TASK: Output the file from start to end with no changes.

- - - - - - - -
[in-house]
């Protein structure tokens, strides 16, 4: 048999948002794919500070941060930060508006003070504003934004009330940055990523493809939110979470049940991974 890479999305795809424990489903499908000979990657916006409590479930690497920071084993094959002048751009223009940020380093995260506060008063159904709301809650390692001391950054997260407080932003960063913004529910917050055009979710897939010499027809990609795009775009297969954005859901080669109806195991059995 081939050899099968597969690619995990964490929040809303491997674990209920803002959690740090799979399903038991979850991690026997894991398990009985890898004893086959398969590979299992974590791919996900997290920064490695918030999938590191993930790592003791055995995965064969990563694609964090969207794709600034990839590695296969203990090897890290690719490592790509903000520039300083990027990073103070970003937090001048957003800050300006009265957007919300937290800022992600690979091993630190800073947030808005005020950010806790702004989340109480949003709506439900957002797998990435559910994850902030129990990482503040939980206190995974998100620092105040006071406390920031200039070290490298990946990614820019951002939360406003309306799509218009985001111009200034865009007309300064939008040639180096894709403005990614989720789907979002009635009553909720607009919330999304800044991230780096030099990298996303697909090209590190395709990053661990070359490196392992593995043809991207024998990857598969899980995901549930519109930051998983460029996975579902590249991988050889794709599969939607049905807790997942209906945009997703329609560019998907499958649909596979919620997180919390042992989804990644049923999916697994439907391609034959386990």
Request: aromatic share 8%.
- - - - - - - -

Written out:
[in-house]
């Protein structure tokens, strides 16, 4: 048999948002794919500070941060930060508006003070504003934004009330940055990523493809939110979470049940991974 890479999305795809424990489903499908000979990657916006409590479930690497920071084993094959002048751009223009940020380093995260506060008063159904709301809650390692001391950054997260407080932003960063913004529910917050055009979710897939010499027809990609795009775009297969954005859901080669109806195991059995 081939050899099968597969690619995990964490929040809303491997674990209920803002959690740090799979399903038991979850991690026997894991398990009985890898004893086959398969590979299992974590791919996900997290920064490695918030999938590191993930790592003791055995995965064969990563694609964090969207794709600034990839590695296969203990090897890290690719490592790509903000520039300083990027990073103070970003937090001048957003800050300006009265957007919300937290800022992600690979091993630190800073947030808005005020950010806790702004989340109480949003709506439900957002797998990435559910994850902030129990990482503040939980206190995974998100620092105040006071406390920031200039070290490298990946990614820019951002939360406003309306799509218009985001111009200034865009007309300064939008040639180096894709403005990614989720789907979002009635009553909720607009919330999304800044991230780096030099990298996303697909090209590190395709990053661990070359490196392992593995043809991207024998990857598969899980995901549930519109930051998983460029996975579902590249991988050889794709599969939607049905807790997942209906945009997703329609560019998907499958649909596979919620997180919390042992989804990644049923999916697994439907391609034959386990």
Request: aromatic share 8%.